A Defense of Wikileaks
December 01, 2010
The Obama administration has condemned Wikileaks for its second release within a year of classified foreign policy documents. And some liberal commentators have backed up the administration’s complaints. And I am not going to argue that the administration doesn’t have a case. Governments rely on candid assessments from their diplomats; and if Americans in overseas embassies have to assume that they are writing for the general public and not for their superiors back home, they are not likely to be very candid. But there is also something to be said in defense of Wikileaks.
The Cairo Agenda
November 27, 2010
This weekend, Egyptians will go to the polls—and few of their votes will be counted. The country's elections are, after all, a pseudo-democratic façade carefully choreographed to appease the regime’s Western benefactors. For that reason, Egyptian electoral outcomes are mostly expressions of the regime’s political interests at a particular moment in time.
Can William and Kate’s Wedding Really Save the British Economy?
November 27, 2010
In what seemed like a rare moment of complete political transparency, David Cameron stepped out of 10 Downing Street last week to tell us that his ministers had cheered and banged the cabinet table when he announced the news of Prince William's engagement. And cheer they might. Grim news has dominated headlines here lately: strikes, government cuts, rising unemployment, and falling house prices.
Scenes From Egypt's Vicious Media Crackdown
November 26, 2010
The room in the Journalist Union in the heart of downtown Cairo smells of old cigarette smoke. Soda bottles and plastic cups litter the floor. Men cluster in a circle of pleather loveseats; some tap laptop keyboards, others read. It is Day 20 of the independent Al Dustour newspaper staff’s sit-in and everyone in the room looks worn out. Mohammad Abu Al Dahb, a 26-year-old correspondent, hasn’t slept at home since the staff began protesting the sacking of their dissident editor-in-chief. “It’s physically exhausting, of course, but psychologically, every day we feel better about it.
Do We Have Any Idea How to Deal with North Korea?
November 24, 2010
According to the tenets of current American military thought and practice—that is, “wars amongst the people” fought to win the hearts and minds of local populations—the capacity to have three cups of tea with a local sheik equals the ability to counter and coordinate artillery fires.
Why Does America Dislike the World's Worst Arms Dealer? The Russians Simply Don't Understand.
November 22, 2010
The contretemps between Russia and the United States over Viktor “Merchant of Death” Bout has a surreal, theater-of-the-absurd quality, one that highlights the core philosophical divide between the two countries in just about everything. Russian officials are outragedthat notorious arms-dealer Bout was successfully extradited from Thailand this week and charged with terrorism offenses in Manhattan Federal Court.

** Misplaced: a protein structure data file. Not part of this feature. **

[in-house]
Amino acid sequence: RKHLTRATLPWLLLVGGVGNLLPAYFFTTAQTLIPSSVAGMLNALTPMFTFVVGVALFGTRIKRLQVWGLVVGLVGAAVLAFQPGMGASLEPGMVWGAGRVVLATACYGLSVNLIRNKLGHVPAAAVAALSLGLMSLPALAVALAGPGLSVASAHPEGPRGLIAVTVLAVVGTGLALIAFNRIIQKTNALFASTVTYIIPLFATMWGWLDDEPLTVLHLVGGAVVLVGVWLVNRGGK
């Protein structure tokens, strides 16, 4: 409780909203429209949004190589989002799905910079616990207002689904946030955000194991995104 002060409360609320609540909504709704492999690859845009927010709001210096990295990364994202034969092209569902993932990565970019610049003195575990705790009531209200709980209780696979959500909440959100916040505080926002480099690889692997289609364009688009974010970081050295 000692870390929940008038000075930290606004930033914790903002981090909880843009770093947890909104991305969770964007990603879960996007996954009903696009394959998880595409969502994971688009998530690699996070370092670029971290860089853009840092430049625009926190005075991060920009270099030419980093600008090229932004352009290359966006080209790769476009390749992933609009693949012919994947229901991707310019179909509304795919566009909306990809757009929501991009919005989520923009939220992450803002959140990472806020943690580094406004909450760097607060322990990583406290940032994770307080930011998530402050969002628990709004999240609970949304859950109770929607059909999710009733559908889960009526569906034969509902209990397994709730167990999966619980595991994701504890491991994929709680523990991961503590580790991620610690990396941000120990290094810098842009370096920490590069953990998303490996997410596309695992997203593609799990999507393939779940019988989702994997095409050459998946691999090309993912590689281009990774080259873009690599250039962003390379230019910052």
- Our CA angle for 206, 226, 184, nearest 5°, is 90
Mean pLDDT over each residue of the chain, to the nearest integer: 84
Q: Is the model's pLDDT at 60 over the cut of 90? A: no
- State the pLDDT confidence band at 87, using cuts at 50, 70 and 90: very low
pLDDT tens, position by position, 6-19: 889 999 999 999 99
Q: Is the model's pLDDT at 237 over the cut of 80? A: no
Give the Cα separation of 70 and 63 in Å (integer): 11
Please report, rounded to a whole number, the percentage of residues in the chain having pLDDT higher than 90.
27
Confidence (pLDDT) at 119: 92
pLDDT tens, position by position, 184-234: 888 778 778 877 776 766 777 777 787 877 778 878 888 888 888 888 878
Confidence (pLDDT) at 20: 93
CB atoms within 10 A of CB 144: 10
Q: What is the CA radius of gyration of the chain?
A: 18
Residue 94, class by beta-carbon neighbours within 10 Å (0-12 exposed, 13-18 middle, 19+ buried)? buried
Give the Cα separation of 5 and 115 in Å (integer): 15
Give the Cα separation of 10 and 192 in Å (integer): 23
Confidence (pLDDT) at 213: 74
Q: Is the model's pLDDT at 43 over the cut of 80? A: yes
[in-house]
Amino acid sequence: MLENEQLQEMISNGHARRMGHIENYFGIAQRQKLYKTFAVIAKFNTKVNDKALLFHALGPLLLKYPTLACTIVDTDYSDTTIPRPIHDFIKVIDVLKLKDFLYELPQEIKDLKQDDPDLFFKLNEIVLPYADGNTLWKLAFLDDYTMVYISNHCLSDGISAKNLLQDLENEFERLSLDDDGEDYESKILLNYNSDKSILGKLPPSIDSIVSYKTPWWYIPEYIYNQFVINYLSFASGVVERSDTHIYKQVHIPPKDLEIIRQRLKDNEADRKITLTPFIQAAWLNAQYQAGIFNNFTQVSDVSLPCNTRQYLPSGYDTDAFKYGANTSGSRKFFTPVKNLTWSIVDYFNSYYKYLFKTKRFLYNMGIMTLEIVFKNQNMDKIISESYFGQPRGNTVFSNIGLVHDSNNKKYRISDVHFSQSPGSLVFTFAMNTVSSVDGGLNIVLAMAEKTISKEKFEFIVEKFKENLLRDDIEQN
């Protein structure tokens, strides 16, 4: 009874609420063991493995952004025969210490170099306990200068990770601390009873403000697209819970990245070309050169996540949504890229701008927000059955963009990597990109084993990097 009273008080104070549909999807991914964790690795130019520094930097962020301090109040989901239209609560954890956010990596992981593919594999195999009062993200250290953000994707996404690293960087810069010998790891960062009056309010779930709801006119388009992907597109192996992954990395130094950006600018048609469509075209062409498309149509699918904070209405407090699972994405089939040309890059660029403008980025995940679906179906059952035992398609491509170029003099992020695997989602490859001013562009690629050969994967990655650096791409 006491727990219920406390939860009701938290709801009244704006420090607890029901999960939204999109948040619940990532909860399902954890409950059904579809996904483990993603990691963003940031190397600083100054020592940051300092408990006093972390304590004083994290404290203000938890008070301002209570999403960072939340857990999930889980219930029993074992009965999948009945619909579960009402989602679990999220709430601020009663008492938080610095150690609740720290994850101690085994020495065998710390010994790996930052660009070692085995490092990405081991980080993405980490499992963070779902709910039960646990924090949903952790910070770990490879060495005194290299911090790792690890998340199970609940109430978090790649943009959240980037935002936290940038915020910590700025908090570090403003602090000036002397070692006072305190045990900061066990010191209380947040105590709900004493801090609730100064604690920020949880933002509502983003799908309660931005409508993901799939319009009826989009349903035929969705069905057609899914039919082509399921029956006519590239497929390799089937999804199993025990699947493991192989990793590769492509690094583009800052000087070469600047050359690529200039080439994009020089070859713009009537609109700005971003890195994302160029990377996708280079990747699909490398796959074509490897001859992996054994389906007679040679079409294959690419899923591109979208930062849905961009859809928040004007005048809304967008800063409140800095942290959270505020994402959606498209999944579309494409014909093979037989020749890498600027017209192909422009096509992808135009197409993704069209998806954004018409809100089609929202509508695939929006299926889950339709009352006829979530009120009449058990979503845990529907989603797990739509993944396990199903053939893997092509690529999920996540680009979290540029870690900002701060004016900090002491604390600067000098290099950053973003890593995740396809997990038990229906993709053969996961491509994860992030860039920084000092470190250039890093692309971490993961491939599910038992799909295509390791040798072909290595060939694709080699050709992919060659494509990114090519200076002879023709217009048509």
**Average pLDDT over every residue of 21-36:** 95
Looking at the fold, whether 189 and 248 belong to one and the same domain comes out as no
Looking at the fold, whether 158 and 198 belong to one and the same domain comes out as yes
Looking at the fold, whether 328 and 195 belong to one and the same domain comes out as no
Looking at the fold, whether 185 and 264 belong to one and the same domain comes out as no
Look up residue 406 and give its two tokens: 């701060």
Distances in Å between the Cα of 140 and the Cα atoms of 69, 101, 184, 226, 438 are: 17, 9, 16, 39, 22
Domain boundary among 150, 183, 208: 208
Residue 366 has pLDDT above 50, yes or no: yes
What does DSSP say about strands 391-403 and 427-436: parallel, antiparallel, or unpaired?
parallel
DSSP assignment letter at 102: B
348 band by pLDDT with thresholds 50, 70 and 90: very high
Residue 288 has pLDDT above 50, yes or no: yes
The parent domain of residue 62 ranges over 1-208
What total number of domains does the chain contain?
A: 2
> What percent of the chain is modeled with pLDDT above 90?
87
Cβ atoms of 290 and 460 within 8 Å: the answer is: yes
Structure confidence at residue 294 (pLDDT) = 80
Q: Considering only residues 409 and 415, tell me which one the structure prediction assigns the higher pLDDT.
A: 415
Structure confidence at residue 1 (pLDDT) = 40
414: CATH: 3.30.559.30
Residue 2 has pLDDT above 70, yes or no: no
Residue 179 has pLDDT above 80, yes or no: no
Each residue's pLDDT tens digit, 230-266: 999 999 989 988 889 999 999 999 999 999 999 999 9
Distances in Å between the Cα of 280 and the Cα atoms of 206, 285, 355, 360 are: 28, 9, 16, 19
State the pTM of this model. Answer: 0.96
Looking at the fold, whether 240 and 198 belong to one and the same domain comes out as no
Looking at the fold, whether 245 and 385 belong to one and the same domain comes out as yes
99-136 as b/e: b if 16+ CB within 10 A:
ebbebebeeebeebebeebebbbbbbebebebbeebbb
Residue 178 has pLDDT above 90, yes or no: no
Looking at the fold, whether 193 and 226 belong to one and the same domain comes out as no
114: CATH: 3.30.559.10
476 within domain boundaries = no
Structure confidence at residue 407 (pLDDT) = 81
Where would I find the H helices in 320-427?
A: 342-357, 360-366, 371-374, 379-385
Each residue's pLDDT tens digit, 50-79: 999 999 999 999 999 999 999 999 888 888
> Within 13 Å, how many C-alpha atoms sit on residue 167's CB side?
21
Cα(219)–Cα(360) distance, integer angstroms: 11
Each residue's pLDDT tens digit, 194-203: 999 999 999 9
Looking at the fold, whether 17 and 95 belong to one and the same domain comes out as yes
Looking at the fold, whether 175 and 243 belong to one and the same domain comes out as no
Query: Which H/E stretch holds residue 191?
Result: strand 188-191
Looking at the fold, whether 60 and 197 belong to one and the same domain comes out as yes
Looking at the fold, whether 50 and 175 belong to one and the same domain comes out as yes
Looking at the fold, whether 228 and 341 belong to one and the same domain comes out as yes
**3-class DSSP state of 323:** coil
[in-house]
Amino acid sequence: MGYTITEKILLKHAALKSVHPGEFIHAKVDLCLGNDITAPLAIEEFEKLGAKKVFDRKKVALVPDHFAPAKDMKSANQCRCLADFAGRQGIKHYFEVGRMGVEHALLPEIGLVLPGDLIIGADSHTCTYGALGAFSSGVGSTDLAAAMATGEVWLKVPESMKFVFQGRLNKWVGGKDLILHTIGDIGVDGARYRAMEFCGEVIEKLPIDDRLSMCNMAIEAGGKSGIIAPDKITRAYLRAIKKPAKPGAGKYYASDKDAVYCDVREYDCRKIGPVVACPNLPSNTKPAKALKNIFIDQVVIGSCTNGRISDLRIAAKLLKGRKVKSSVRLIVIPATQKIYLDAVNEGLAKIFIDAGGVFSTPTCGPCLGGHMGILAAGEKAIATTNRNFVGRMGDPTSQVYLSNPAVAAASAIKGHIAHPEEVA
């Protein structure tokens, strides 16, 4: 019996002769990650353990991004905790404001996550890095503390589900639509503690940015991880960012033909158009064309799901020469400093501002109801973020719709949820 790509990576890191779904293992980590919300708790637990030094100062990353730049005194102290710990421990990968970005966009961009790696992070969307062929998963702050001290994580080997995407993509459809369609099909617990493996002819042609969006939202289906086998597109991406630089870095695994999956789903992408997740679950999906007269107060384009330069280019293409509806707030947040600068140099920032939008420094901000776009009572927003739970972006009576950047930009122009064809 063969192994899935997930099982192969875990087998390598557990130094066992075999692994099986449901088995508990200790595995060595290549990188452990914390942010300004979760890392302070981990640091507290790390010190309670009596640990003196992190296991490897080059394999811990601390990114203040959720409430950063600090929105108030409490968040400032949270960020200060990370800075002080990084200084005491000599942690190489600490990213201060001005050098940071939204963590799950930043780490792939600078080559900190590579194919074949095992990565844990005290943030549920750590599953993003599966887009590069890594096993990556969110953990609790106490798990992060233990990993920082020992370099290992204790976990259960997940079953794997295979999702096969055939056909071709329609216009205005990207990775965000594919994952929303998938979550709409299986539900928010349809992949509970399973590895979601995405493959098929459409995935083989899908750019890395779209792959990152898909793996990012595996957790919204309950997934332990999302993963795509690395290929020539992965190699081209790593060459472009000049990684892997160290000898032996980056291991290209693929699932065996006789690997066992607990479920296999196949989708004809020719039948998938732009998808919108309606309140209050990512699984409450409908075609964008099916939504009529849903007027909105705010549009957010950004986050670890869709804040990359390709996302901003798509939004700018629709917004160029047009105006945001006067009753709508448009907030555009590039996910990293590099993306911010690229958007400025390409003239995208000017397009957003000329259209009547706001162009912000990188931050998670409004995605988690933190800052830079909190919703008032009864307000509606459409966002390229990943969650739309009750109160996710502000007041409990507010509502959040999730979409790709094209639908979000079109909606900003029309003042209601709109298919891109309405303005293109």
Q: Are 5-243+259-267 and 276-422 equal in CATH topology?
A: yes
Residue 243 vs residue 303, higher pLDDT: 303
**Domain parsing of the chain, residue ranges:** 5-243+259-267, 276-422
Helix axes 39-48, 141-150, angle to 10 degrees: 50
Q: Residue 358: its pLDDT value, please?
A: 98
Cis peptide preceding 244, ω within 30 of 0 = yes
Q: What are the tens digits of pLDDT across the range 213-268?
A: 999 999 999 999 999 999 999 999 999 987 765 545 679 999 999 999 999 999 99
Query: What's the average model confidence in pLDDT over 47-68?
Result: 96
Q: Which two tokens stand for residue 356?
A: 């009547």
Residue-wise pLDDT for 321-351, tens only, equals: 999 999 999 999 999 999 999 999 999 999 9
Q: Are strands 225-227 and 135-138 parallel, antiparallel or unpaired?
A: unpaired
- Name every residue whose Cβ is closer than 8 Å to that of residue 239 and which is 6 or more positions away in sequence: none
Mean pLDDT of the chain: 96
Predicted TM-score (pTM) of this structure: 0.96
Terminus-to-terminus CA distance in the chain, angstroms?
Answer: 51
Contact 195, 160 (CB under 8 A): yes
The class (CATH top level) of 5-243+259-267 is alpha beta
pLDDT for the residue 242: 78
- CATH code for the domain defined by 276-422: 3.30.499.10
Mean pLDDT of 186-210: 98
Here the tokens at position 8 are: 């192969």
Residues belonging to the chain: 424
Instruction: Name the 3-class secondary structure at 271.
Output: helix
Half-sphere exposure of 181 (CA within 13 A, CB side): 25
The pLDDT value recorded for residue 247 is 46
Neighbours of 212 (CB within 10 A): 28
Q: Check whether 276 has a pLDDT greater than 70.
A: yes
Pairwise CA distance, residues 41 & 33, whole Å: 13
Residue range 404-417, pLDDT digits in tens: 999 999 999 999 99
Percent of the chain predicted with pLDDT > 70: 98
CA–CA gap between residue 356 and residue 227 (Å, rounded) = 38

Cuba Is Opening Up, As America Turns Away
November 19, 2010
Havana, Cuba—You see them on stage, on passenger flights, and at trade fairs: Americans in Cuba legally, and hoping to travel here more often. The American Ballet Theater has just performed here for the first time in 50 years. It was a wildly popular performance, featuring two Cuban-American dancers—Jose Manuel Carreno and Xiomara Reyes, who was in Cuba for the first time since fleeing the country with her family 18 years ago. “The willingness to share something makes a difference. Why wouldn’t it make a difference?” Reyes told me.
Many Ways to be a Jewish State
November 15, 2010
When Mahmoud Abbas, president of the Palestinian Authority, spoke to some 60 influential Jewish-Americans in the Plaza’s Edwardian Room on September 21, the first question came from World Jewish Congress President Ronald Lauder, who pushed Abbas on whether he was prepared to recognize Israel as a Jewish state. Mr. Lauder was echoing a demand repeatedly made by Prime Minister Benjamin Netanyahu during the last year and a half. Judging from Mr.
Shootout in the U.K. Corral
November 13, 2010
Speaking on BBC radio at the end of 2003, as his novel Absolute Friends was published in the shadow of the Iraq war, John le Carré compared himself to Victor Klemperer, the German-Jewish scholar and diarist.
First They Came for the Students, Then They Came for the BBC
November 11, 2010
This morning my wife and I listened to BBC Radio’s “Today” program—required fare for members of the media looking to tap the nation’s pulse via broadcasts from Prime Minister David Cameron and other senior politicians. Two historians, in what was clearly a pre-recorded program, were discussing Churchill's bleak mood after the fall of France and prior to his making one of his most historic speeches to the House of Commons in June 1940. The speech was rousing both for Britons and for Americans, to whom it was also addressed.